There’s a building right at the edge of North Sydney with a giant digital time and temperature display that I’m kind of obsessed with.
Every morning, as I drive past, I mentally take note of the temperature. Without fail. It’s kind of a morning ritual for me, like coffee and newspapers. I think it might be an Irish thing; as a nationality, we do tend to be unreasonably fascinated by temperature.
Take your annual summer holiday for instance; sure you couldn’t be expected to have a good foreign holiday until the mercury reaches at least 30 °C. You see, you just wouldn’t be getting your money’s worth. Sure what would be the point of leaving the country if you didn’t get pure roasted alive?!
Likewise, hot days at home are monitored with fascination – jaysus, the winky weatherman said it’s going to be 23 °C tomorrow! Oh holy god! I may dig out the shorts, let’s bring the kids to the beach, and ring the neighbors, we’re going to have a barbeque, god it’ll be great to get a bit of tan! - would be the typical thought process of many an Irish person on the annual day of summer.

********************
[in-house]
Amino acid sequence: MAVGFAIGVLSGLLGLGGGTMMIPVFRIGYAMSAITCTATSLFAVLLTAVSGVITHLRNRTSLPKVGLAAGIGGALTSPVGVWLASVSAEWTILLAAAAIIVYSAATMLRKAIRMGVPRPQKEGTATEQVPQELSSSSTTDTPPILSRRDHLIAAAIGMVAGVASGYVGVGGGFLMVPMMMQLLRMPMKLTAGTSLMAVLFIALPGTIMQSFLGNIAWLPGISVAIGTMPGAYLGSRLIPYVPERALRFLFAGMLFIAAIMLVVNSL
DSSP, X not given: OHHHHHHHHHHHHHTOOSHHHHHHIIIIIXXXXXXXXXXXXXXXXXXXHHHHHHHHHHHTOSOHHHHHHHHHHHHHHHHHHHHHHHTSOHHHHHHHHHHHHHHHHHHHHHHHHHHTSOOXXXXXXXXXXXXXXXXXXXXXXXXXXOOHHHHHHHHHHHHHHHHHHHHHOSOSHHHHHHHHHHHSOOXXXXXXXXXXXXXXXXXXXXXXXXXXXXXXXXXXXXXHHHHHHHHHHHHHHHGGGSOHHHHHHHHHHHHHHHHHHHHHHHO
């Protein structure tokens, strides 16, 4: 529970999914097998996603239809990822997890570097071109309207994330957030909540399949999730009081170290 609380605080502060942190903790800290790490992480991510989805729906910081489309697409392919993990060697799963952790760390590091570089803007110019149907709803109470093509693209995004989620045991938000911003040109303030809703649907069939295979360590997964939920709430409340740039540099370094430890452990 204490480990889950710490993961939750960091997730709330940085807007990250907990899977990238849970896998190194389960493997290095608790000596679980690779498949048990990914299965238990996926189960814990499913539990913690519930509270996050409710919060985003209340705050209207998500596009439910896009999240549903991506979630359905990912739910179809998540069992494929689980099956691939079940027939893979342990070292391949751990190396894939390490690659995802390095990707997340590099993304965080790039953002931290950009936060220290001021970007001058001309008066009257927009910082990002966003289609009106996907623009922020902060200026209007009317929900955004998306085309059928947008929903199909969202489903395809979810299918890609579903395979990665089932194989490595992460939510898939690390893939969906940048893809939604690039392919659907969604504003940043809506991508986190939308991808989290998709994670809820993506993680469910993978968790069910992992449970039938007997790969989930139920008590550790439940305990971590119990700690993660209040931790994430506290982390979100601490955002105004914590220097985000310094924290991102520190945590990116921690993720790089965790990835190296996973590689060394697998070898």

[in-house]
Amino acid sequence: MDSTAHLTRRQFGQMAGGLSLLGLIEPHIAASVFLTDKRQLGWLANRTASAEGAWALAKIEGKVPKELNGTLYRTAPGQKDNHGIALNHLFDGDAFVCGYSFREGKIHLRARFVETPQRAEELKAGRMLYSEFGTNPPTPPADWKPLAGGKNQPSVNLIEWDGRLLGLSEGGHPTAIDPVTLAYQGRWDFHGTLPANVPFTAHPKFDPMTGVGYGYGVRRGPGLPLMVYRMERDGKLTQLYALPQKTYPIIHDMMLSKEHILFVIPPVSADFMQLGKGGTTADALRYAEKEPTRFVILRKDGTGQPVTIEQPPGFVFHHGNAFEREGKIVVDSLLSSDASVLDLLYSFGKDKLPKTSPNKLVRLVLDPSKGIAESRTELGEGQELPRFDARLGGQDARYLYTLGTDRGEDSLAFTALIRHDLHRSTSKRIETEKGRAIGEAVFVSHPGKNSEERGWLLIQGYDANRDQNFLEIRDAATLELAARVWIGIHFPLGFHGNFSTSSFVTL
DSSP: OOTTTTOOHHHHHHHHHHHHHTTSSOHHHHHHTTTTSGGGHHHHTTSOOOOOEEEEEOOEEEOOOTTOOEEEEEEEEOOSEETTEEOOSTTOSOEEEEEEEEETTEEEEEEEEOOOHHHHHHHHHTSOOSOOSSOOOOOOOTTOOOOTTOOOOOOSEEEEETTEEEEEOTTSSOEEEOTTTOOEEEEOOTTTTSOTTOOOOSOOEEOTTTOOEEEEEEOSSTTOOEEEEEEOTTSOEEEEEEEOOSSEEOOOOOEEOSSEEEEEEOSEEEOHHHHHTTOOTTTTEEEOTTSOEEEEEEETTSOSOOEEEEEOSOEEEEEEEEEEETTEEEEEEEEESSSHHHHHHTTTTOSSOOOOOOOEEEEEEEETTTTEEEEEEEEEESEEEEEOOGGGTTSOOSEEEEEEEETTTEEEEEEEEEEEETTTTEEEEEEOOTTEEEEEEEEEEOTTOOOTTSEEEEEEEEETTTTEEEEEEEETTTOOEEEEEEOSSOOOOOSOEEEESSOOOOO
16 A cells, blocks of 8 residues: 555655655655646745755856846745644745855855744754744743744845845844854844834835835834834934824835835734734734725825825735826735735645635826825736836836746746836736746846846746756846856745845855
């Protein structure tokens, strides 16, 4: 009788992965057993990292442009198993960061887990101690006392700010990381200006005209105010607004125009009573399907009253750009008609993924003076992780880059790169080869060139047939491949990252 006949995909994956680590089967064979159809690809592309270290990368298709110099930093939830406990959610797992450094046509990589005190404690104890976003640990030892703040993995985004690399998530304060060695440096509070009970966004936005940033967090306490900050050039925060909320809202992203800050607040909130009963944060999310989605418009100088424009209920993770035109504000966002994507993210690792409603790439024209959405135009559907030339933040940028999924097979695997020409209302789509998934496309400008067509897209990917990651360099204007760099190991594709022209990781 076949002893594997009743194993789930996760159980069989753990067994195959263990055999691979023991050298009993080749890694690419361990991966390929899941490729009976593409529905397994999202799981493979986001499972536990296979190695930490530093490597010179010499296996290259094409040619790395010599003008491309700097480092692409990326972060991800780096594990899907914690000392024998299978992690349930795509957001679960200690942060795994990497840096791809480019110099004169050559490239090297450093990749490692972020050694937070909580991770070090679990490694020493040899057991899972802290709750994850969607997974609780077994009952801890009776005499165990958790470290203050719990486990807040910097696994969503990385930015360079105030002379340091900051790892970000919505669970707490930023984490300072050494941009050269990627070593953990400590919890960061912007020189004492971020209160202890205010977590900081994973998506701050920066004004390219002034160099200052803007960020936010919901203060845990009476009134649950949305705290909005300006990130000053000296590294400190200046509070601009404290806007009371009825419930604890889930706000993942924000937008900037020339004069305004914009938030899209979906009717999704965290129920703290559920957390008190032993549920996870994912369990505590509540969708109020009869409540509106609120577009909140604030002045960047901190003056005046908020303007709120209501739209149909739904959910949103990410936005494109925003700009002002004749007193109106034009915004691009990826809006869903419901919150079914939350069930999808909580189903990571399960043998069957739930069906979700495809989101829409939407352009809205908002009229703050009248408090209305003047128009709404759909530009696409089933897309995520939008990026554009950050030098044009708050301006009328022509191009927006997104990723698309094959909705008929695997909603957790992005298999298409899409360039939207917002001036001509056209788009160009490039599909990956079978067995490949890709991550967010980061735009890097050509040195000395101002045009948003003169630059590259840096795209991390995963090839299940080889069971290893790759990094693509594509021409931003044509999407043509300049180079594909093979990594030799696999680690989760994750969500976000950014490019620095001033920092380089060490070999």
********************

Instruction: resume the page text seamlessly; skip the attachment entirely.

Neither would a Skype conversation with anyone from home be complete without an enquiry about the temperature. It’s one hot topic!
So, true to my race, I check the temperature on my drive to work every morning, and think about what a mental country Australia is. Last Friday it was 19 °C at 7.03 am. I kid you not.
Let me just put that into context for you: at seven in the morning, in the spring, it was as warm as it sometimes ever gets in the middle of the day in Ireland in summer.
I think that means summer is officially on it’s way. Australian summer, obviously.
To celebrate, I made a wonky heirloom Caprese salad, because nothing tastes more like sunshine than tomatoes and basil. I used some juicy heirloom tomatoes and chopped everything up so roughly, you’d swear I don’t even own a knife. Then, I sat in the back garden, soaked up some rays and enjoyed it.